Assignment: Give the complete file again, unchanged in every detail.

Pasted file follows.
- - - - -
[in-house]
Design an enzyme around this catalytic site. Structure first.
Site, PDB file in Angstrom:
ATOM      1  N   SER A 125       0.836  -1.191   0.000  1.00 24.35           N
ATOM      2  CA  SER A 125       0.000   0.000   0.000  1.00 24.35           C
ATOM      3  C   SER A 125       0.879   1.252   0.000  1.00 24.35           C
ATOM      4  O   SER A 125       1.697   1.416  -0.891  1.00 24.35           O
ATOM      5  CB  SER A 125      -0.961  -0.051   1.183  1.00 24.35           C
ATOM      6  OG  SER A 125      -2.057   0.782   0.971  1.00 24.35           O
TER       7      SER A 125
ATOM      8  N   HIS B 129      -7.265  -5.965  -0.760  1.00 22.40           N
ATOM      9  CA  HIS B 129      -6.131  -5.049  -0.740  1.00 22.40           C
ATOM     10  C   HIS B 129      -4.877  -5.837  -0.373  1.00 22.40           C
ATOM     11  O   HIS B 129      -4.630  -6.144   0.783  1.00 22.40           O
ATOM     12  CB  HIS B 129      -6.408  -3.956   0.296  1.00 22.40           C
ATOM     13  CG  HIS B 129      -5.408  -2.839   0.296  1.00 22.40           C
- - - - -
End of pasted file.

[in-house]
Design an enzyme around this catalytic site. Structure first.
Site, PDB file in Angstrom:
ATOM      1  N   SER A 125       0.836  -1.191   0.000  1.00 24.35           N
ATOM      2  CA  SER A 125       0.000   0.000   0.000  1.00 24.35           C
ATOM      3  C   SER A 125       0.879   1.252   0.000  1.00 24.35           C
ATOM      4  O   SER A 125       1.697   1.416  -0.891  1.00 24.35           O
ATOM      5  CB  SER A 125      -0.961  -0.051   1.183  1.00 24.35           C
ATOM      6  OG  SER A 125      -2.057   0.782   0.971  1.00 24.35           O
TER       7      SER A 125
ATOM      8  N   HIS B 129      -7.265  -5.965  -0.760  1.00 22.40           N
ATOM      9  CA  HIS B 129      -6.131  -5.049  -0.740  1.00 22.40           C
ATOM     10  C   HIS B 129      -4.877  -5.837  -0.373  1.00 22.40           C
ATOM     11  O   HIS B 129      -4.630  -6.144   0.783  1.00 22.40           O
ATOM     12  CB  HIS B 129      -6.408  -3.956   0.296  1.00 22.40           C
ATOM     13  CG  HIS B 129      -5.408  -2.839   0.296  1.00 22.40           C